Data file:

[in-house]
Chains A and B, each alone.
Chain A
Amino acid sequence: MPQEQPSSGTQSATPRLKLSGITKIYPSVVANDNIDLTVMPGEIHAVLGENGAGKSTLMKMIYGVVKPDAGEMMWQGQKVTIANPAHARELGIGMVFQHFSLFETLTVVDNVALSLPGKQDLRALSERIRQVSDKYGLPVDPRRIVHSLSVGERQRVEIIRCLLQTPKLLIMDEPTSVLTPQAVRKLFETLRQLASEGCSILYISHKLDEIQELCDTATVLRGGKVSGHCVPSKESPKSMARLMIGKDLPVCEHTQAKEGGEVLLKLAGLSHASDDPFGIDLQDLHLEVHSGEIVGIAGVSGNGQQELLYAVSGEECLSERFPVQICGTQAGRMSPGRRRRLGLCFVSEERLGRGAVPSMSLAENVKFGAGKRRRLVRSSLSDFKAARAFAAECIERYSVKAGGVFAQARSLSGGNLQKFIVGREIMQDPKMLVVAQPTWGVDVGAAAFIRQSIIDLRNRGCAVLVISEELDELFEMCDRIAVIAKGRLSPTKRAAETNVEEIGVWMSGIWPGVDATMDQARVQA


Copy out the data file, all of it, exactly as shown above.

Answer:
[in-house]
Chains A and B, each alone.
Chain A
Amino acid sequence: MPQEQPSSGTQSATPRLKLSGITKIYPSVVANDNIDLTVMPGEIHAVLGENGAGKSTLMKMIYGVVKPDAGEMMWQGQKVTIANPAHARELGIGMVFQHFSLFETLTVVDNVALSLPGKQDLRALSERIRQVSDKYGLPVDPRRIVHSLSVGERQRVEIIRCLLQTPKLLIMDEPTSVLTPQAVRKLFETLRQLASEGCSILYISHKLDEIQELCDTATVLRGGKVSGHCVPSKESPKSMARLMIGKDLPVCEHTQAKEGGEVLLKLAGLSHASDDPFGIDLQDLHLEVHSGEIVGIAGVSGNGQQELLYAVSGEECLSERFPVQICGTQAGRMSPGRRRRLGLCFVSEERLGRGAVPSMSLAENVKFGAGKRRRLVRSSLSDFKAARAFAAECIERYSVKAGGVFAQARSLSGGNLQKFIVGREIMQDPKMLVVAQPTWGVDVGAAAFIRQSIIDLRNRGCAVLVISEELDELFEMCDRIAVIAKGRLSPTKRAAETNVEEIGVWMSGIWPGVDATMDQARVQA